Category: California Drought
Amid California’s driest year on record, the nation’s leading agricultural region is locked in drought and bracing for unemployment to soar, sending farm workers to food lines in a place famous for its abundance.
One-third of the Central Valley’s jobs are related to farming. Strains on water supplies are expected to force farmers to leave fields unplanted, creating a ripple effect on food processing plant workers, truck drivers and those who sell fertilizer, irrigation equipment and tractors.
California water officials turned off the tap Friday, saying the winter drought forced them to cancel water deliveries to the entire state.
The Department of Water Resources said in Sacramento none of the water from the State Water Project earmarked for individual water agencies would be delivered as previously agreed to.
“The harsh weather leaves us little choice,” DWR Director Mark Cowin said. “If we are to have any hope of coping with continued dry weather and balancing multiple needs, we must act now to preserve what water remains in our reservoirs.”
The State Water Project is the infrastructure agency that parcels out the water that comes mainly from winter rains and snowfall to water agencies serving cities and agricultural areas. Because precipitation has been rare this winter, there is virtually no hope supplies for the dry summer will be adequate.
With California facing water shortfalls in the driest year in recorded state history, Governor Edmund G. Brown Jr. today proclaimed a State of Emergency and directed state officials to take all necessary actions to prepare for these drought conditions.
“We can’t make it rain, but we can be much better prepared for the terrible consequences that California’s drought now threatens, including dramatically less water for our farms and communities and increased fires in both urban and rural areas,” said Governor Brown. “I’ve declared this emergency and I’m calling all Californians to conserve water in every way possible.”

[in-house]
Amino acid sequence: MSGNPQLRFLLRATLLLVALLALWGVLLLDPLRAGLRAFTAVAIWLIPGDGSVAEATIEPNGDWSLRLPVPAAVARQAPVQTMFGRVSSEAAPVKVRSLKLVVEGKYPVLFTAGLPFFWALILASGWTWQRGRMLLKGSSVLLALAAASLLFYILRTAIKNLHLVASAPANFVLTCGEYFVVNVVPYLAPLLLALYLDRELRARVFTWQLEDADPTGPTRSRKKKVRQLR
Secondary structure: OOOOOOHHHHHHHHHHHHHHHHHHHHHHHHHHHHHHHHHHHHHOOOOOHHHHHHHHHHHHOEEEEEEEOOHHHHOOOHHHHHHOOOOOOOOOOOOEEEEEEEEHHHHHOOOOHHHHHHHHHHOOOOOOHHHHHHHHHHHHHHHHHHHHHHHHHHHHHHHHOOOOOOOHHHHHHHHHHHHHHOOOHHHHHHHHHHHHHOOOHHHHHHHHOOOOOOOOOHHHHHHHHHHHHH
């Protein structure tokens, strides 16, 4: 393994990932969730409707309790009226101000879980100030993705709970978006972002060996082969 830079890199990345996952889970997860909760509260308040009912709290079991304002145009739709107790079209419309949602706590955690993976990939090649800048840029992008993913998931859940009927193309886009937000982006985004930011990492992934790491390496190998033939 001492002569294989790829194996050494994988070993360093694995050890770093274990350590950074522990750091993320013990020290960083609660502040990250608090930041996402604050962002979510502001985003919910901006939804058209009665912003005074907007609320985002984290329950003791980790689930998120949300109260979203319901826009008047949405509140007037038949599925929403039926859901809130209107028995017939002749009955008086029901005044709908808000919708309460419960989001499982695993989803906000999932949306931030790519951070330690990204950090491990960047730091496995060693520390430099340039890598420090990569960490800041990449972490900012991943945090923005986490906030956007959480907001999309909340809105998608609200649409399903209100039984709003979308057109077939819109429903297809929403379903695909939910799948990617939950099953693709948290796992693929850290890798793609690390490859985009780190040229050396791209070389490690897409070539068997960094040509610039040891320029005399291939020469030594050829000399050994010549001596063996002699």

In the State of Emergency declaration, Governor Brown directed state officials to assist farmers and communities that are economically impacted by dry conditions and to ensure the state can respond if Californians face drinking water shortages. The governor also directed state agencies to use less water and hire more firefighters and initiated a greatly expanded water conservation public awareness campaign.
Water professionals from around the state are preparing to meet in Sacramento to discuss the future of efficient water and energy use in California, but many are now focusing on an immediate future threatened by drought.
As a result, California Irrigation Institute conference organizers have secured recently appointed Deputy Drought Manager Jeanine Jones to provide an update during Friday’s luncheon regarding what the state of California intends to do. This bonus presentation has become a draw for many registering attendees at the 52nd annual conference of agricultural, urban and environmental water experts.